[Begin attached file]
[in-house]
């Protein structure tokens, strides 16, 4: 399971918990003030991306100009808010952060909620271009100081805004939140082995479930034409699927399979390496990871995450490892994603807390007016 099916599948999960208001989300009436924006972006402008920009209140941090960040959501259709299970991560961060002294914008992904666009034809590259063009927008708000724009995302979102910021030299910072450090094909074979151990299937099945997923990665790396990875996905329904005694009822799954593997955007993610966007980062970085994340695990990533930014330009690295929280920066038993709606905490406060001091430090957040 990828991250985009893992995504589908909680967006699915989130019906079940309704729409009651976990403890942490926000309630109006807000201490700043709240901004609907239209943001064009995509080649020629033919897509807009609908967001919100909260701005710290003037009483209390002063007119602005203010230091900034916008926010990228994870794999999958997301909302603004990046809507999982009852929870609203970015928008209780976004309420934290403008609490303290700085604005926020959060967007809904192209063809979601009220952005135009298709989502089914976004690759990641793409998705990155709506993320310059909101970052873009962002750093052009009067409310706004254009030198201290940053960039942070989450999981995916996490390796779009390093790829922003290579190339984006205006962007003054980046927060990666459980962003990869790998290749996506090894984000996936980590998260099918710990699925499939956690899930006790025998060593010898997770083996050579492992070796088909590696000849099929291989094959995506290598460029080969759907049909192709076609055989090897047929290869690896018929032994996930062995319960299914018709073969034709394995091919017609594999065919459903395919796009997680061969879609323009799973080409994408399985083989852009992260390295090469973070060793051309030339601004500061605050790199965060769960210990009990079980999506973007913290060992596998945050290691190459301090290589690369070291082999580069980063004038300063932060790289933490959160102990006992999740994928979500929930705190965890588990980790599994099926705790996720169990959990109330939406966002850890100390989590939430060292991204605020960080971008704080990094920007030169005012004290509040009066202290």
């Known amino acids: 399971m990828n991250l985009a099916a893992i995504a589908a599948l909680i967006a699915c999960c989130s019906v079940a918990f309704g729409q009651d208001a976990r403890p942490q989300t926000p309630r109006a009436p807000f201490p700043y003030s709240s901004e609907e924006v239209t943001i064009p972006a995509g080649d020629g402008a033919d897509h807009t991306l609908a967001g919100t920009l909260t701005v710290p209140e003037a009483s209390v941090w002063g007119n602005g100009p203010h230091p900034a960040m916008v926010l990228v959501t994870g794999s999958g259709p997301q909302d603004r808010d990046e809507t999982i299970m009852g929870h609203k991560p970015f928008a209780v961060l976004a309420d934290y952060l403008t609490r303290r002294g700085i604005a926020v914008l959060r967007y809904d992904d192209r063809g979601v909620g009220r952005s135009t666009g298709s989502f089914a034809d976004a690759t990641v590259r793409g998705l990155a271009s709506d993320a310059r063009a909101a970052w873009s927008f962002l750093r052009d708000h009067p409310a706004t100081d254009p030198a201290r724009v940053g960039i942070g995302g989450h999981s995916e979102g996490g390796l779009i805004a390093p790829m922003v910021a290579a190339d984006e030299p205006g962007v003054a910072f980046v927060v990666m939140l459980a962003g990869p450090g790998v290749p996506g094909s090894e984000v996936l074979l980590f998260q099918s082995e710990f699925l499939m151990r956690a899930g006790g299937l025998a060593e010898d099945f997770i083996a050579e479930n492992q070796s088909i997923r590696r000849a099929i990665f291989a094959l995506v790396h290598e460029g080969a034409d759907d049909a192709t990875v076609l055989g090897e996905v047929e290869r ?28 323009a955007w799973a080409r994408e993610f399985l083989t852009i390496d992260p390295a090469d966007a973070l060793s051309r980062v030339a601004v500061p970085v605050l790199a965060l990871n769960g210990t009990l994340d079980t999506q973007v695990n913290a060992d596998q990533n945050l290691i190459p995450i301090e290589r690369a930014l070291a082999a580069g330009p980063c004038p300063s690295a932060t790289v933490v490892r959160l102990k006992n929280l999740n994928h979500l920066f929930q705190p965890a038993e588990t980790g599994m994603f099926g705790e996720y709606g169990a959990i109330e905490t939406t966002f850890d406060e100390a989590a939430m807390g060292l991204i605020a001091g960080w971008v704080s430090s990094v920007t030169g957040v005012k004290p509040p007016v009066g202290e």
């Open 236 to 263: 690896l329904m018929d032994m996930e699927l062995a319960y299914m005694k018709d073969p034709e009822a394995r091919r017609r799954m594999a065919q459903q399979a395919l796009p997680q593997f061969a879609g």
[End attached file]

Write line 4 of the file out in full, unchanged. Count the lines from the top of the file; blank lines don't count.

């Open 236 to 263: 690896l329904m018929d032994m996930e699927l062995a319960y299914m005694k018709d073969p034709e009822a394995r091919r017609r799954m594999a065919q459903q399979a395919l796009p997680q593997f061969a879609g």